Get Children Ready to Read: Two and Three-Year-Olds

“Vocabulary is learned from books more than from normal conversation with adults or children or from television exposure.” – From Meaningful Differences in the Everyday Experience of Young American Children by B. Hart and T.R. Risley

Six pre-reading skills your child can start learning from birth!

Vocabulary - Learn new words

  • Talk with your child about what is going on around you. Talk about feelings — your feelings and your child’s.
  • When your child talks with you, add more detail to what she says.
  • Speak in the language that is most comfortable for you.
  • Read together every day. When you talk about the story and pictures, your child hears and learns more words.
  • Research shows that children who have larger vocabularies are better readers. Knowing many words helps children recognize written words and understand what they read.

Print Motivation - Love of books

  • Make book-sharing time a special time for closeness between you and your child.
  • Let your child see you reading.
  • Visit your public library often.
  • Children who enjoy books will want to learn how to read.

Print Awareness - Use books

  • Read aloud everyday print — labels, signs, lists, menus. Print is everywhere!
  • Point to some of the words as you say them, especially words that are repeated.
  • Let your child turn the pages.
  • Let your child hold the book and read or tell the story.
  • Hold the book upside down. See if your child turns the book around.
  • Being familiar with printed language helps children feel comfortable with books and understand that print is useful.

Narrative Skills - Tell a story

  • Tell your child stories.
  • Ask your child to tell you about something that happened today.
  • Read books together. Stories help children understand that things happen in order first, next, last.
  • Read a book that you have read before. Switch what you do — you be the listener and let your child tell you the story.
  • Being able to tell or retell a story helps children understand what they read.

Phonological Awareness – Hear and make sounds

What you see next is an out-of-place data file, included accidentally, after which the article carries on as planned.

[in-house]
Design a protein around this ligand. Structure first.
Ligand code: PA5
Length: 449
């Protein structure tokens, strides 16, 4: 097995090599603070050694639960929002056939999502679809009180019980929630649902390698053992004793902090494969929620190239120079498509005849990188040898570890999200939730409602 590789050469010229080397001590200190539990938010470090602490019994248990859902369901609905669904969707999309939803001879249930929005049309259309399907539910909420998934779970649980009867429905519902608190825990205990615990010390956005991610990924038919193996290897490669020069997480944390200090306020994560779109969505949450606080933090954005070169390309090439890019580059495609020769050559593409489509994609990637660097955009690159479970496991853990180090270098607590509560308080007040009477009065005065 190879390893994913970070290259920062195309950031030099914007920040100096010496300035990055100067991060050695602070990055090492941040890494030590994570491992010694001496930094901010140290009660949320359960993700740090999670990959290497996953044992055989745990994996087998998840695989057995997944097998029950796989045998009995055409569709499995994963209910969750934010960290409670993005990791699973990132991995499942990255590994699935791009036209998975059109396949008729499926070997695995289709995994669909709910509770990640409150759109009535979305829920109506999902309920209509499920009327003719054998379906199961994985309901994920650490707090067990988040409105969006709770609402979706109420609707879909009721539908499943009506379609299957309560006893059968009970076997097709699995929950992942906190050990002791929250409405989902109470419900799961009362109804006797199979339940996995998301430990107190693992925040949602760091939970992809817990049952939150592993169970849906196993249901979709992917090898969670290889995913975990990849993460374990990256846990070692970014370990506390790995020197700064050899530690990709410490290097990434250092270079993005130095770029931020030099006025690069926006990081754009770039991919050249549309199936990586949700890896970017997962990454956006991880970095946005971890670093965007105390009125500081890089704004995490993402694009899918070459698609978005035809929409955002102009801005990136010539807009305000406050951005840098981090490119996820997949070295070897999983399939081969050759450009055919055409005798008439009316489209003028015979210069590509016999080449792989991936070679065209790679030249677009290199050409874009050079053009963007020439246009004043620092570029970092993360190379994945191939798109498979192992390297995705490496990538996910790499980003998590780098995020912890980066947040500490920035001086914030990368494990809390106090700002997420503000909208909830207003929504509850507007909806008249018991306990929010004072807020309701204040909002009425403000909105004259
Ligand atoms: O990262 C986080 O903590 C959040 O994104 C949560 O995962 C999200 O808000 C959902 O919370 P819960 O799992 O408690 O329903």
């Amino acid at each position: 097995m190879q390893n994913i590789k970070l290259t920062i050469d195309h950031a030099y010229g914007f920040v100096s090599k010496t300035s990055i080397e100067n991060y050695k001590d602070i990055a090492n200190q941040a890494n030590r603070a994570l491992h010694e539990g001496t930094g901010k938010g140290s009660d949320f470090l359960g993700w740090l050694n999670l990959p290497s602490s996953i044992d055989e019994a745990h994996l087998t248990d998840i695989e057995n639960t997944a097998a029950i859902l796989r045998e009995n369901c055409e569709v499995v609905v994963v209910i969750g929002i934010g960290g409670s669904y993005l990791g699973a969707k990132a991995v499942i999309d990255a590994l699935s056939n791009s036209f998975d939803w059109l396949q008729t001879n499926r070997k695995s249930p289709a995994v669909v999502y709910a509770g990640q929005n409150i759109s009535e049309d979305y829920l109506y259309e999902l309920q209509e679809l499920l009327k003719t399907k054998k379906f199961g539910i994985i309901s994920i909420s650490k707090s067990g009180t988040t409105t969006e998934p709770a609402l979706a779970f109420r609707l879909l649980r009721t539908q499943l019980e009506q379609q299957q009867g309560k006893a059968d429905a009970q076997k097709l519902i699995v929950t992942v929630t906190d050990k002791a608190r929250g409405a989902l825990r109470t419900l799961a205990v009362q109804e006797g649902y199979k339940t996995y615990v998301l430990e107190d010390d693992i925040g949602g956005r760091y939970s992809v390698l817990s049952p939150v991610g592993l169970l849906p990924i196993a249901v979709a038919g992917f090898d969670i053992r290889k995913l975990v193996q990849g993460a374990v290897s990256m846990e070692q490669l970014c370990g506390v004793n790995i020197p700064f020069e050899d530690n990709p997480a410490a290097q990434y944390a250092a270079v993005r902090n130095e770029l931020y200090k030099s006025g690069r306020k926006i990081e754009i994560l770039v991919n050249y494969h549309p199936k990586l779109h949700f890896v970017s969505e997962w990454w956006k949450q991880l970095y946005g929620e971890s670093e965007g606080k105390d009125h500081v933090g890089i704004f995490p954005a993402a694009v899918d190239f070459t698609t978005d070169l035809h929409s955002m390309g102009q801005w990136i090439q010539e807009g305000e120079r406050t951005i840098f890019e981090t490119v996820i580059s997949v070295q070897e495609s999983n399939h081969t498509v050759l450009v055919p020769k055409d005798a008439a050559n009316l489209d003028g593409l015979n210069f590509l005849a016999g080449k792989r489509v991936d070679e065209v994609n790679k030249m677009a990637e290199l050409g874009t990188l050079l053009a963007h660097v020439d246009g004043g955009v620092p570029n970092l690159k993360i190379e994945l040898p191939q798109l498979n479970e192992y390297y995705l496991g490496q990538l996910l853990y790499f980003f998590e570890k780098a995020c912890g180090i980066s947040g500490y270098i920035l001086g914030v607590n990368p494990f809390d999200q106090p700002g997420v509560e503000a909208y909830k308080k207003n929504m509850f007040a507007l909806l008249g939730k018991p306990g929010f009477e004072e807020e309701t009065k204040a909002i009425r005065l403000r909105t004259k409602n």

• Say nursery rhymes and make up your own silly, nonsense rhymes.
  • Sing songs. Songs have different notes for each syllable in a word, so children can hear the different sounds in words.
  • Play word games such as, “What sounds like ‘ran’?” or “What starts with the same sound as ‘ball’?”
  • Say rhymes and sing songs in the language that is most comfortable for you.
  • Being able to hear the sounds that make up words helps children sound out words as they begin to read.

Letter Knowledge - See and know letters

  • Help your child see different shapes and the shapes of letters.
  • Talk about what is the same and what is different between two things.
  • Write your child’s name, especially the first letter.
  • Make letters from clay or use magnetic letters.
  • Point out and name letters when reading alphabet books, signs or labels.
  • Read alphabet books with clear letters and pictures.
  • Knowing the names and sounds of letters helps children figure out how to sound out words.

Dialogic or “Hear and Say” Reading

How you read to children makes a difference in how ready they are to learn to read.

Use dialogic reading to teach new words.

  • Choose a book that your child already knows well.
  • Ask “what” questions. (“What’s this?” and point to a picture.)
  • Follow your child’s answers with another question. (“What is the dog doing?” Child: “Digging.”)
  • Repeat what your child says and expand on it. (“I think you’re right. The dog is digging under the fence to go find his friend.”)
  • Help your child as needed. Praise and encourage your child.
  • Follow your child’s interests.

Use dialogic reading to develop comprehension skills.

  • Dialogic reading encourages your two- and three-year-old to think and talk by answering open-ended questions.
  • Ask questions like “What’s going on here? Tell me what you see on this page.”
  • Follow your child’s answer with another question: “What else do you see?” “What is happening over here?”
  • Expand what your child says. Add another piece of information.
  • Help your child repeat your longer phrases.

Have Fun!

The Early Literacy Initiative
A partnership among the Public Library Association, the Association for Library Service to Children and the National Institute of Child Health & Human Development

This information created by Dr. Grover (Russ) Whitehurst, Leading Professor of Psychology, State University of New York and Dr. Christopher Lonigan, Associate Professor of Psychology, Florida State University.

Funding provided by the Public Library Association (PLA) and the Association for Library Service to Children (ALSC), divisions of the American Library Association. Spring 2001
© copyright 2004 -- PLA/ALSC, divisions of the American Library Association
50 E. Huron, Chicago, IL 60611

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